The diversity of the guests that YME brought together in the first segment made it unique in the world of startup events. There was a Jordanian entrepreneur with many years of experience, a British entrepreneur working outside of the MENA ecosystem, a young Dubai-based Swedish entrepreneur working within the MENA ecosystem, and a media expert from outside of the startup ecosystem altogether but who could offer valuable and necessary insights.
“I have learned so much from meeting people from different sectors, different markets and countries, and sometimes it’s the same story that’s told... but just giving it a different face sometimes makes it easier to distill the knowledge from it, it makes it more entertaining, and, therefore, maybe you learn from it in a different way,” Aurore Belfrage explained to me.
The pitch coaching session, which was chaired by Reem Bou Abdallah, Managing Director of Eureeca Lebanon, featured two entrepreneurs at very different points in their startup careers. Both were stopped at various points in their pitches so that the coaches could offer critique and comments.
The first to pitch was Alaa Abu Hassan, who is in the concept development phase of her first entrepreneurial endeavor, a platform that aggregates travel packages from Jordanian travel agencies. She began her first ever pitch by asking Marwan Juma to find the best rate to Istanbul among a huge stack of travel package advertisements cut out from newspapers (not surprisingly this proved to be a difficult task), a move that was applauded by the coaches because it was engaging and captured their attention. By the conclusion of her pitch, coaches advised Abu Hassan to keep her pitch from being too technical, as pitches are intended to pique interest rather than explain all facets of the business, and that she needs to position her concept so that it’s scalable beyond Jordan.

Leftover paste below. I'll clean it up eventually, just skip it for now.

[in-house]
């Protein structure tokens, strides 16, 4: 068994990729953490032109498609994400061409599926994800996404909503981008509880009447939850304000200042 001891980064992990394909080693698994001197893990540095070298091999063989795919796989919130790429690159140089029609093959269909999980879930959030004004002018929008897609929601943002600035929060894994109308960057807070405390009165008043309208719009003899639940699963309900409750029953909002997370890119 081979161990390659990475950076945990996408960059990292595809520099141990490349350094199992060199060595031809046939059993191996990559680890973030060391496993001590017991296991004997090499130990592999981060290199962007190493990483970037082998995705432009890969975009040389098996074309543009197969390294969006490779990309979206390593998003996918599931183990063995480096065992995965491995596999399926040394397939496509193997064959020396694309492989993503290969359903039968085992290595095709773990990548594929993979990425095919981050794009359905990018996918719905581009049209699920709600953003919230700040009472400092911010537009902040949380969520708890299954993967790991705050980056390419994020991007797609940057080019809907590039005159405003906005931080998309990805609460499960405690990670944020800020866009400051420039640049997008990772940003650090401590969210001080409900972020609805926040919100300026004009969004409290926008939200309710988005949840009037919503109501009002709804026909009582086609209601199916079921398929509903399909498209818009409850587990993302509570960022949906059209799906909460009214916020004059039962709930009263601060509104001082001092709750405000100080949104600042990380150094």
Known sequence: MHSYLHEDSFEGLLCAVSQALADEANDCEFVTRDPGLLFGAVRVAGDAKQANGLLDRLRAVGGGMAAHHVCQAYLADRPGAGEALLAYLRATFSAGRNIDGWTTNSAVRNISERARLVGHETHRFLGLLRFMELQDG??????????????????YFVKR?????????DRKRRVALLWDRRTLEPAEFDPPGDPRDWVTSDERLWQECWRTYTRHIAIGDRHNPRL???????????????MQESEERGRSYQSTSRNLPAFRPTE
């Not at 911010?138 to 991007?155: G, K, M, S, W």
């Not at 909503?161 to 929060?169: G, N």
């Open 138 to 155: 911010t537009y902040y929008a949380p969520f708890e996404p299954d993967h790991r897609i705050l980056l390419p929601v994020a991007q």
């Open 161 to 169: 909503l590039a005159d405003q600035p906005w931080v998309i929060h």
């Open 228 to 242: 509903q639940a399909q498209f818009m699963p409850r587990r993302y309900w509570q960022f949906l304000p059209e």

In the second pitch of the night, the audience was treated to a more developed pitch and product. Sima Najjar, a 2013 Cartier Women’s Initiative Awards laureate, pitched her online how-to video site, ekeif.com, and really demonstrated what a pitch should look like. Critique was minimal, except for Olsson’s suggestion that she offer milestones for each round of fundraising and only utilize the most relevant of numbers and statistics to prevent them from diluting their effectiveness.
Sima, who is now on her third startup enterprise and has never worked in a typical 9-to-5 job environment, is no stranger to the challenges of being an entrepreneur.
“Everything is a challenge…. Sometimes even electricity is a challenge. From basic things like that to financials and managing them well. It’s a little bit of everything, that’s why you have to understand everything because you’re building a system from scratch,” she told me after her pitch.
She also emphasized the need for flexibility. “You’ve got to know that things are always going to change, you have to adapt to change. This is one thing that startups must do, because if you fall in love with an idea but it’s not working out, you’re in trouble.”